US 6370560 B1 Abstract A load sharing system which minimizes overall costs by assigning segments of a divisible load to distributed processor platforms based on the resource utilization cost of each processor platform. The distributed processor platforms are connected via data links which also have associated resource utilization costs. A controller divides a divisible load or task and assigns each segment of the load or task to a processor platform based on the processor platform's resource utilization cost and data link cost. After the initial allocation, an optimizing reallocation is performed to reduce the overall monetary cost processing the load or task. The optimization can be performed using a pair-wise swapping technique.
Claims(37) 1. A system for distributing a computing job and optimizing said distributed job's total associated monetary cost of processing said job, comprising:
a plurality of processor platforms, each with an associated resource utilization cost;
a controller for dividing said computing job into segments and allocating said segments to at least two of said processor platforms; and
a network for connecting said processor platforms and said controller;
wherein said allocation of said segments includes an initial allocation to at least two of said processor platforms, retrieval of said processor platform's resource utilization cost information and a further reallocation of at least a portion of said segments to reduce said total monetary cost of said processing job responsive to said retrieved resource utilization costs.
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13. A method for distributing a computing job among a plurality of processor platforms and optimizing said distributed job's total associated monetary cost for processing said job, comprising the steps of:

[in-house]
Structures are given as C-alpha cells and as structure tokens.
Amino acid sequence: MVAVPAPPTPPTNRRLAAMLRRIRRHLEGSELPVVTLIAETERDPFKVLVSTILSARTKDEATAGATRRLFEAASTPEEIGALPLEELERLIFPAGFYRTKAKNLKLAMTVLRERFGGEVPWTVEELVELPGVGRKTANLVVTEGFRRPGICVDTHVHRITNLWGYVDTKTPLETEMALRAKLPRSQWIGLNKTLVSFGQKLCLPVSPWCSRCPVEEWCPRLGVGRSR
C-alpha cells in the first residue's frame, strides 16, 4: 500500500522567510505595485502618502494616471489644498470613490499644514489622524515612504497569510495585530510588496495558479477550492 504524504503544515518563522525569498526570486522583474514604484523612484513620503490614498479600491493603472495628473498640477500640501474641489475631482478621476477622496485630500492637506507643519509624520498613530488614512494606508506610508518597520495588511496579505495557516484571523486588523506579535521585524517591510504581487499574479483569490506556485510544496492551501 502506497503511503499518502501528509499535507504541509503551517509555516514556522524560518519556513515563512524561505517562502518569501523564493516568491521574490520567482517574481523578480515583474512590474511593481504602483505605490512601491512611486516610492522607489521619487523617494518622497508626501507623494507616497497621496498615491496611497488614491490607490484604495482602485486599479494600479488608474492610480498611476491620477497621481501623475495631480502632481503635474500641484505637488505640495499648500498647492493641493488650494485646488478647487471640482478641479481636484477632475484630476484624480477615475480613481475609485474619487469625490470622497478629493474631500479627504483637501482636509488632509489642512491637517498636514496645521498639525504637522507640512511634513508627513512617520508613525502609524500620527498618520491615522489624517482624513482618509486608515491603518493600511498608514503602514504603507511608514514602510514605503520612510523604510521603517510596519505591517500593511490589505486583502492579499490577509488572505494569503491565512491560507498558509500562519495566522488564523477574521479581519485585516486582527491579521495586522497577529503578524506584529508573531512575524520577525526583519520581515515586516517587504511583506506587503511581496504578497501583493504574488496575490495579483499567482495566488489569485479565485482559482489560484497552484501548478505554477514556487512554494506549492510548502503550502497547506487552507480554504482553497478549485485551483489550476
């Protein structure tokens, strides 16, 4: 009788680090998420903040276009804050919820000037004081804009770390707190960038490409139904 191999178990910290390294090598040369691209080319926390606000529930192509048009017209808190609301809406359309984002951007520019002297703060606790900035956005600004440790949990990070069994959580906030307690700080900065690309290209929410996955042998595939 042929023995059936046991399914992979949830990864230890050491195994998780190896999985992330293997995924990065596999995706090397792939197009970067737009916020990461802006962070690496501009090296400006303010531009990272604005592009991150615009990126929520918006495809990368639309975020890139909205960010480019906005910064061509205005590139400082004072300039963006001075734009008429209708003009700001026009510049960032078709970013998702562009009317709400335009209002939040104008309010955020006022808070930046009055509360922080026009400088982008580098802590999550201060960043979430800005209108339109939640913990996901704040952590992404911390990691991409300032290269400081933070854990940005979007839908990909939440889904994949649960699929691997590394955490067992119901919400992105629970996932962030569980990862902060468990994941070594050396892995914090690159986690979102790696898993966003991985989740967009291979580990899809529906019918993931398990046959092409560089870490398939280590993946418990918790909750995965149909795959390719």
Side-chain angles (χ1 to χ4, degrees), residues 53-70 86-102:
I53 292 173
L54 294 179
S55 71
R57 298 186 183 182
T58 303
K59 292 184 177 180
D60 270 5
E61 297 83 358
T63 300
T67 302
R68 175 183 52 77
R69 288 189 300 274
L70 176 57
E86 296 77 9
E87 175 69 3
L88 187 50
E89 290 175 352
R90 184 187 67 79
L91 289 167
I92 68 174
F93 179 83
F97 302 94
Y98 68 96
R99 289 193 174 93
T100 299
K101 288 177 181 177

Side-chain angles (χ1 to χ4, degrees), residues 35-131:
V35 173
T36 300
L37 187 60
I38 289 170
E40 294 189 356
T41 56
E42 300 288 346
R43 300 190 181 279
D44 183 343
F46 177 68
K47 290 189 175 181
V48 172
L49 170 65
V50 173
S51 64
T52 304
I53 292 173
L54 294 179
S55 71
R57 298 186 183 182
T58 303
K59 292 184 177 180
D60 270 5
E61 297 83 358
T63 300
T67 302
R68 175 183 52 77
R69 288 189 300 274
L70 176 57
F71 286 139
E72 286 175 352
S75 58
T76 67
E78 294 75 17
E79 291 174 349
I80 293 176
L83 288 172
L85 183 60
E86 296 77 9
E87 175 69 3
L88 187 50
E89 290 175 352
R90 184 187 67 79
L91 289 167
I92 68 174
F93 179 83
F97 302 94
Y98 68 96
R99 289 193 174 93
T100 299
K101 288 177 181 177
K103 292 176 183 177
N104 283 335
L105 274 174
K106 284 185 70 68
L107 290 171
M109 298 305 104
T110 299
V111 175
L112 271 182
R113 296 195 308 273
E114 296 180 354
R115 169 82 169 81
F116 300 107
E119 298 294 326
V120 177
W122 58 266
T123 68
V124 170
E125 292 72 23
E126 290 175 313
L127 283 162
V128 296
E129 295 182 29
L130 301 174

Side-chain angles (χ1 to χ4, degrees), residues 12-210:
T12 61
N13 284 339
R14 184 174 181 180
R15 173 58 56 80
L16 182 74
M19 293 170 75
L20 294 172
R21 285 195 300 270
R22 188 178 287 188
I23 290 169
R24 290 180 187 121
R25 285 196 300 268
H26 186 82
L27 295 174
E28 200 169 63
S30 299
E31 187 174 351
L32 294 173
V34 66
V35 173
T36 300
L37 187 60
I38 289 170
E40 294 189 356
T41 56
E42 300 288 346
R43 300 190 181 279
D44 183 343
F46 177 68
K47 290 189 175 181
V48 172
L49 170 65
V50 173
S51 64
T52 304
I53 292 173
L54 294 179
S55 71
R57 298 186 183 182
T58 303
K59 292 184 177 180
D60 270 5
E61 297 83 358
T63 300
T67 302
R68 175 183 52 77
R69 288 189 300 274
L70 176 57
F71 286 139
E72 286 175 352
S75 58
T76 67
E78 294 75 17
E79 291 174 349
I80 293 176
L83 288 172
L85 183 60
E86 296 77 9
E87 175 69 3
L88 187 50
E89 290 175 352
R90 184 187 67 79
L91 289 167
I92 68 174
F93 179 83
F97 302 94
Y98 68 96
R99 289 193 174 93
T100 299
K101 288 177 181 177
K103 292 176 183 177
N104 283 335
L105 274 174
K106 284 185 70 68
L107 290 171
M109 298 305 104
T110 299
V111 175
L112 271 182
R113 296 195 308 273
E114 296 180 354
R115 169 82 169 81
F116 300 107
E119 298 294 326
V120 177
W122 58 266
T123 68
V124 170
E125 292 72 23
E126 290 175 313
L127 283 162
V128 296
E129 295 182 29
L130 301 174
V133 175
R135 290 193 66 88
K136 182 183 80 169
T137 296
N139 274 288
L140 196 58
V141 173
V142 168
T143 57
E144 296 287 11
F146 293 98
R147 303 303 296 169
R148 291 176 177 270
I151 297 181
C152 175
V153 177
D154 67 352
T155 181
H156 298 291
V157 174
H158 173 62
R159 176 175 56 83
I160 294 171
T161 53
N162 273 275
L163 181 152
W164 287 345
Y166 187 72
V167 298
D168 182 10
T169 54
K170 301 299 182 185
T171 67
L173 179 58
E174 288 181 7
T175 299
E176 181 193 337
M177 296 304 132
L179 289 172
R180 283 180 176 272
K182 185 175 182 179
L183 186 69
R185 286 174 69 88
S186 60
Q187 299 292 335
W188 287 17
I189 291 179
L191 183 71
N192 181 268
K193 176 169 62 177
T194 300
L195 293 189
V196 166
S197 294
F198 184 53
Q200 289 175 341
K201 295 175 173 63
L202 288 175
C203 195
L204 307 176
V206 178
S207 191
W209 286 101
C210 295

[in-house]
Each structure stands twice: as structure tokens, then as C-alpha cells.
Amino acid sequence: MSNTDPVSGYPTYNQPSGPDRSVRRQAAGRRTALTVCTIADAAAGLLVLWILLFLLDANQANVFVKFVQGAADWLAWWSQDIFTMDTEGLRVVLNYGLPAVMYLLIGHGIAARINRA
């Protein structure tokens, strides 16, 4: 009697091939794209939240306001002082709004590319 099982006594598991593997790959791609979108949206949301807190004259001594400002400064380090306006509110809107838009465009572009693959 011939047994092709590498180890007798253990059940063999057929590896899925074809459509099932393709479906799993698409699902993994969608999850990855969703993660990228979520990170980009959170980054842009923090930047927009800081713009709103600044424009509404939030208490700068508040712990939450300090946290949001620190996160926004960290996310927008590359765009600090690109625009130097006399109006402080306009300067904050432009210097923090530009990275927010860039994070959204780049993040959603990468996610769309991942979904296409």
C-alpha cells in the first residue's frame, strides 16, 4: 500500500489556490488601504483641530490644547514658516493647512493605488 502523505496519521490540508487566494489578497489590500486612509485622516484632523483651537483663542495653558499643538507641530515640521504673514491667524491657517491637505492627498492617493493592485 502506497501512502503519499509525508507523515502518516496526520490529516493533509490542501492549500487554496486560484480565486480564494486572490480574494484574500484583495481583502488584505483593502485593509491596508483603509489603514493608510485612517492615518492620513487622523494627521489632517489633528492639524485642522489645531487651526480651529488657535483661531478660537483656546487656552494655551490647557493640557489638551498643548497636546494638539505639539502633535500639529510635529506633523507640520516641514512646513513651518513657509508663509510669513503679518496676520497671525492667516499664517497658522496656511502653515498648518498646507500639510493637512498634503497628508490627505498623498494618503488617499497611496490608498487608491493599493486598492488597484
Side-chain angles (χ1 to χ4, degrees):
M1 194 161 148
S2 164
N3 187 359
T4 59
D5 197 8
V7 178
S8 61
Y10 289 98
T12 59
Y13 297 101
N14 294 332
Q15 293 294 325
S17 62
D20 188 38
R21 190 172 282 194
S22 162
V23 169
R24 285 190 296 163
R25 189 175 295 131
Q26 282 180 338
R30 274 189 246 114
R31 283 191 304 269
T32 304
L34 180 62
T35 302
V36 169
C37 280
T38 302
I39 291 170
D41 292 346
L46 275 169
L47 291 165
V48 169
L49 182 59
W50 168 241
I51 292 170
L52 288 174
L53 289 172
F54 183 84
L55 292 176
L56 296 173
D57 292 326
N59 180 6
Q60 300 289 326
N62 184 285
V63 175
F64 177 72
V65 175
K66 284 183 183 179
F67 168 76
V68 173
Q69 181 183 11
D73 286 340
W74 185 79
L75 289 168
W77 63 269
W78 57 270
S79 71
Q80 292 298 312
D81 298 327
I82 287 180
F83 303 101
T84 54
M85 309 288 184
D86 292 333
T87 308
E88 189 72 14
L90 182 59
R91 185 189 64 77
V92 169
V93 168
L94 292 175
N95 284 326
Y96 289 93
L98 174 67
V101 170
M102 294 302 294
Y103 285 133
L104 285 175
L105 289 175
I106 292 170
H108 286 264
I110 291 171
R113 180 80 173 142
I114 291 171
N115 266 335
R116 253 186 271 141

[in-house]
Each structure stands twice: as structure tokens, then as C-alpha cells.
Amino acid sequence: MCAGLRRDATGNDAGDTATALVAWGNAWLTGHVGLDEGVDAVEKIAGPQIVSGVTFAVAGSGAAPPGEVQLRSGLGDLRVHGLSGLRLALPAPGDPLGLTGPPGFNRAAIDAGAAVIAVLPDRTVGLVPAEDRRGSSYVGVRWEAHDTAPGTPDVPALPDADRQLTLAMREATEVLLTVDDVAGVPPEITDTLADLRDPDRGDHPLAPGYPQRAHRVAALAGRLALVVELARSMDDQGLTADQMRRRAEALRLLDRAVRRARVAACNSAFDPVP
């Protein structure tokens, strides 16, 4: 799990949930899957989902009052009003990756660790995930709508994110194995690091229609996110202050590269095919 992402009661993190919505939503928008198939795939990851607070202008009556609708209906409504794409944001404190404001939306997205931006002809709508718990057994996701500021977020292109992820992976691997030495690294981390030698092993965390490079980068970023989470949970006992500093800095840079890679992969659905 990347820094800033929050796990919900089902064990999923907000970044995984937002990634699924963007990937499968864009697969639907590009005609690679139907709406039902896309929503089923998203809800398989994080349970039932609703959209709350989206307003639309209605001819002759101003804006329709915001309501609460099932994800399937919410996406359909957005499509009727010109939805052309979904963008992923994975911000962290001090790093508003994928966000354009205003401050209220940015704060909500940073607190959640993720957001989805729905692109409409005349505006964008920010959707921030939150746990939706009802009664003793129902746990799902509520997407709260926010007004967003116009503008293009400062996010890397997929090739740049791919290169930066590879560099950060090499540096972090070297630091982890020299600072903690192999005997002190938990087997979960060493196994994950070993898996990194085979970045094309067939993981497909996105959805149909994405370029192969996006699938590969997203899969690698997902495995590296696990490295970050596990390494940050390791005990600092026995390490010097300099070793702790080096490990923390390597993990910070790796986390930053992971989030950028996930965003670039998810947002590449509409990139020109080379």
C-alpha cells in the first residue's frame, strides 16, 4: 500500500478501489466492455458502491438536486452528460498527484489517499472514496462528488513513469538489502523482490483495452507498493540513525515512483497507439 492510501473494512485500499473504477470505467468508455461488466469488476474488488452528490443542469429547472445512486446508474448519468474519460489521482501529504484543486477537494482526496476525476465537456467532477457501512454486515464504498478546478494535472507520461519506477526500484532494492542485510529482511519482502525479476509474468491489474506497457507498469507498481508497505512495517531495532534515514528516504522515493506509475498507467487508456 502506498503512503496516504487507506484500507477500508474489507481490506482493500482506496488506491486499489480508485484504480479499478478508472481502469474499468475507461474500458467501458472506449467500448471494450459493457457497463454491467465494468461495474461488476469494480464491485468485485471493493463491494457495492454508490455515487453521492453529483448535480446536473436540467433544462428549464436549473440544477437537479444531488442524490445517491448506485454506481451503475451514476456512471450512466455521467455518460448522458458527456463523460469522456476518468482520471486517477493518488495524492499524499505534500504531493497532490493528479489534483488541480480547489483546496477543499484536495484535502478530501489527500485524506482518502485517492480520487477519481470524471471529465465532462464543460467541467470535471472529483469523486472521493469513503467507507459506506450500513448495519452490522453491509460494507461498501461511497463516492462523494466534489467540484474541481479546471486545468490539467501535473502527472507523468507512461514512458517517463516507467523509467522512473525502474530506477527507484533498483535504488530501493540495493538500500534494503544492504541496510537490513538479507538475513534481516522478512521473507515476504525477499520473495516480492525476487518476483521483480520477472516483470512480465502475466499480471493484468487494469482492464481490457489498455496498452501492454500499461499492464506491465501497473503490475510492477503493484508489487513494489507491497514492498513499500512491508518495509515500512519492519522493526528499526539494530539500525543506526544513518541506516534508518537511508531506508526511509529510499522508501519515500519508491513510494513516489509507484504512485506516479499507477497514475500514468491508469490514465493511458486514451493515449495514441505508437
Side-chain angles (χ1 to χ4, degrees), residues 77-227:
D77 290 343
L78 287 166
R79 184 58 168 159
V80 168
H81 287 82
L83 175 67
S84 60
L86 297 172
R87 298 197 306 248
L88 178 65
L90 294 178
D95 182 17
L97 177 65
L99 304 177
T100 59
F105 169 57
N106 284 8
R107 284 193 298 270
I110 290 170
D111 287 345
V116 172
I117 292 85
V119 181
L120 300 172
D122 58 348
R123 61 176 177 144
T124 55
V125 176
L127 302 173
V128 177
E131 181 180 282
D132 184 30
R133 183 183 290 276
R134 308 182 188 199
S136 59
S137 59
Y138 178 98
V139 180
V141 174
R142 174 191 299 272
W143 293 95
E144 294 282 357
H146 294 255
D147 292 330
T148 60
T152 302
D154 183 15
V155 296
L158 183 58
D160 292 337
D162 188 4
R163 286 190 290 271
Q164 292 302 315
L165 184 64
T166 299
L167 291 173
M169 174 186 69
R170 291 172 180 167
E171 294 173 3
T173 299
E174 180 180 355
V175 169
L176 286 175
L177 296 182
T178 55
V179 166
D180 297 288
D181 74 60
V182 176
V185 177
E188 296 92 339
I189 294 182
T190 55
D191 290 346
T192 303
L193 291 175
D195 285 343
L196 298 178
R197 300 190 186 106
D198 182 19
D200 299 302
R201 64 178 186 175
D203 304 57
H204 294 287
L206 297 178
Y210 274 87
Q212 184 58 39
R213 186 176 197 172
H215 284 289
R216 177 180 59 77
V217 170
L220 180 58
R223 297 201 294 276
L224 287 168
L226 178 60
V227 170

determining a resource utilization cost associated with each said processor platform;
dividing said computing job into segments;
initially allocating said segments to said processors; and
reallocating at least a portion of said segments to reduce said total monetary cost of said processing job responsive to said determined associated resource utilization cost of each said processor platform.
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32. A controller for distributing a computing job and optimizing said job's total associated monetary cost comprising:
means for interfacing with a plurality of processor platforms, wherein each said processor platform has an associated resource utilization cost and an associated data link cost;
means for determining said resource utilization costs of said processors and said associated data link costs and for segmenting said computing job into segments to be initially allocated among said processors, said determining means being coupled to said interfacing means;
means for reallocating said initial allocation to reduce said total monetary cost of said processing job responsive to said determined resource utilization costs; and
means for sending at least one of said allocated segments to at least one of said selected processors over said associated data link based upon said reallocation and for receiving intermediate results from said selected processors via said interface means.